25 Aug 2021: Vangeti S, Strandin T, Liu S, Tauriainen J, Räisänen-Sokolowski A, et al. (2021) Correction: Monocyte subset redistribution from blood to kidneys in patients with Puumala virus caused hemorrhagic fever with renal syndrome. PLOS Pathogens 17(8): e1009876. https://doi.org/10.1371/journal.ppat.1009876 View correction
Innate immune cells like monocytes patrol the vasculature and mucosal surfaces, recognize pathogens, rapidly redistribute to affected tissues and cause inflammation by secretion of cytokines. We previously showed that monocytes are reduced in blood but accumulate in the airways of patients with Puumala virus (PUUV) caused hemorrhagic fever with renal syndrome (HFRS). However, the dynamics of monocyte infiltration to the kidneys during HFRS, and its impact on disease severity are currently unknown. Here, we examined longitudinal peripheral blood samples and renal biopsies from HFRS patients and performed in vitro experiments to investigate the fate of monocytes during HFRS. During the early stages of HFRS, circulating CD14–CD16+ nonclassical monocytes (NCMs) that patrol the vasculature were reduced in most patients. Instead, CD14+CD16– classical (CMs) and CD14+CD16+ intermediate monocytes (IMs) were increased in blood, in particular in HFRS patients with more severe disease. Blood monocytes from patients with acute HFRS expressed higher levels of HLA-DR, the endothelial adhesion marker CD62L and the chemokine receptors CCR7 and CCR2, as compared to convalescence, suggesting monocyte activation and migration to peripheral tissues during acute HFRS. Supporting this hypothesis, increased numbers of HLA-DR+, CD14+, CD16+ and CD68+ cells were observed in the renal tissues of acute HFRS patients compared to controls. In vitro, blood CD16+ monocytes upregulated CD62L after direct exposure to PUUV whereas CD16– monocytes upregulated CCR7 after contact with PUUV-infected endothelial cells, suggesting differential mechanisms of activation and response between monocyte subsets. Together, our findings suggest that NCMs are reduced in blood, potentially via CD62L-mediated attachment to endothelial cells and monocytes are recruited to the kidneys during HFRS. Monocyte mobilization, activation and functional impairment together may influence the severity of disease in acute PUUV-HFRS.
Hantaviruses are re-emerging human pathogens that can cause severe disease, typically manifesting in the lungs or kidneys. The virus preferentially infects the endothelial cells without killing them. Therefore, the vascular leakage associated with hantavirus disease, and hemorrhagic fever with renal syndrome (HFRS) is believed to be a consequence of the dysregulated immune response to infection. In the present study, in a cohort of PUUV-infected patients with acute HFRS, we describe a striking depletion of nonclassical monocytes from circulation while classical and intermediate monocyte frequencies are increased. Importantly, we found increased numbers of cells expressing monocyte and macrophage markers in the kidneys of patients with HFRS. The monocytes remaining in circulation show signs of activation, migration to the periphery and impairment in their ability to respond to TLR stimulation. Interestingly, the magnitude of monocyte activation was associated with greater disease severity. In addition, we also noted that different monocyte subsets differ in how they recognize and respond to cell-free or cell-associated hantavirus exposure. Collectively, our study greatly adds to what is currently known about how monocytes behave during human hantavirus disease, and highlights the importance of studying functional differences across the major monocyte subsets at greater resolution.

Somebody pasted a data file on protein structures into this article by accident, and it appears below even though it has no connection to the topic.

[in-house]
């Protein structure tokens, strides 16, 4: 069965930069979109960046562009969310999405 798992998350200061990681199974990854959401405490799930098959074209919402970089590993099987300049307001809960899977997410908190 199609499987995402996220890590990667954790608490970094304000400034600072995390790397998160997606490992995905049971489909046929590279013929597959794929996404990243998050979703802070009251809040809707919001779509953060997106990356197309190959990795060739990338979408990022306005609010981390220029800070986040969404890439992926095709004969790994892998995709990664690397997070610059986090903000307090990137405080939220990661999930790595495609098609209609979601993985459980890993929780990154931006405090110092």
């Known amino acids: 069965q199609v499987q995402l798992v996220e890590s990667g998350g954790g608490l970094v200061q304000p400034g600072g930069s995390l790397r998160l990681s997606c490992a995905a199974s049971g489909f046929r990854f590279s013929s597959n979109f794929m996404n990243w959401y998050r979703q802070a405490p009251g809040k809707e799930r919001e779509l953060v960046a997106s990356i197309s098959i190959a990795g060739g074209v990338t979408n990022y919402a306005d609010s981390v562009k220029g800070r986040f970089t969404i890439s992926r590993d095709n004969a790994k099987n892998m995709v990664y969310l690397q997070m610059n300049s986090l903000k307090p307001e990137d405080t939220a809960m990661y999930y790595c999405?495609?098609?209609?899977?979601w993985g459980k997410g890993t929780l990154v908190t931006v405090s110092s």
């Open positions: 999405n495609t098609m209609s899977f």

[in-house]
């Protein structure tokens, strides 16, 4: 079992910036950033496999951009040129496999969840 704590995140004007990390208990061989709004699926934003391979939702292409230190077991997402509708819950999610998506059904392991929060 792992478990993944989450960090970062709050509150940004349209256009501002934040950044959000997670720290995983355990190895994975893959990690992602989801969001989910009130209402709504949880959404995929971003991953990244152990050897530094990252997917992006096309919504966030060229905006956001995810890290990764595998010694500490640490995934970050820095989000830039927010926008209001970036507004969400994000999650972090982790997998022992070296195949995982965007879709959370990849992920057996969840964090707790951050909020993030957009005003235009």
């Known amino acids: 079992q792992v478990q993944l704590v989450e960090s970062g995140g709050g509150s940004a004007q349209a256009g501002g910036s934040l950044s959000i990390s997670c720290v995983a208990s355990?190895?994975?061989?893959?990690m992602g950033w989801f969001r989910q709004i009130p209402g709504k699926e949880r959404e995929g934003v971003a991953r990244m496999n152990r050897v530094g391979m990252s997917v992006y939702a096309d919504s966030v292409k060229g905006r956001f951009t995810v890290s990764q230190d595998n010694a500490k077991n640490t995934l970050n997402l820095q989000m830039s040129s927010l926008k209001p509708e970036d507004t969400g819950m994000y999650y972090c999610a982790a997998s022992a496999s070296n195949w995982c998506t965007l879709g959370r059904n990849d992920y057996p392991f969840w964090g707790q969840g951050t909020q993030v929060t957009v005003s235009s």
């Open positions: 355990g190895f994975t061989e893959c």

Citation: Vangeti S, Strandin T, Liu S, Tauriainen J, Räisänen-Sokolowski A, Cabrera L, et al. (2021) Monocyte subset redistribution from blood to kidneys in patients with Puumala virus caused hemorrhagic fever with renal syndrome. PLoS Pathog 17(3): e1009400. https://doi.org/10.1371/journal.ppat.1009400
Editor: Christina F. Spiropoulou, CDC, UNITED STATES
Received: October 6, 2020; Accepted: February 17, 2021; Published: March 10, 2021
Copyright: © 2021 Vangeti et al. This is an open access article distributed under the terms of the Creative Commons Attribution License, which permits unrestricted use, distribution, and reproduction in any medium, provided the original author and source are credited.
Data Availability: All relevant data are within the manuscript and its Supporting Information files.
Funding: This work was supported by grants to AS-S from the Swedish Research Council (2012-02088, 2017-01026), the Swedish Heart-Lung Foundation (20140591, 20160246, 20180073, 20190170), the Swedish Childhood Cancer Fund (TJ2014-0030) and Karolinska Institutet (2-3591/2014). SV was supported by grants from the Swedish Heart-Lung Foundation (20180817) and Karolinska Institutet (2018-02663, 2018-02831, 2019-00228, 2019-00320, 2019-01419). TS was supported by grants from Academy of Finland (321809) and University of Helsinki. JK was supported by a grant from Swedish Research Council (2018-02646). JM was supported by the Competitive State Research Funding of the Expert Responsibility Area of Tampere University Hospital (9X033, 9AA050), the Tampere Tuberculosis Foundation and the the Sigrid Jusélius Foundation. AV was supported by grants from the Sigrid Jusélius Foundation and the Magnus Ehrnrooth Foundation. OV was supported by a grant from the Sigrid Jusélius Foundation. The funders had no role in study design, data collection and analysis, decision to publish, or preparation of the manuscript.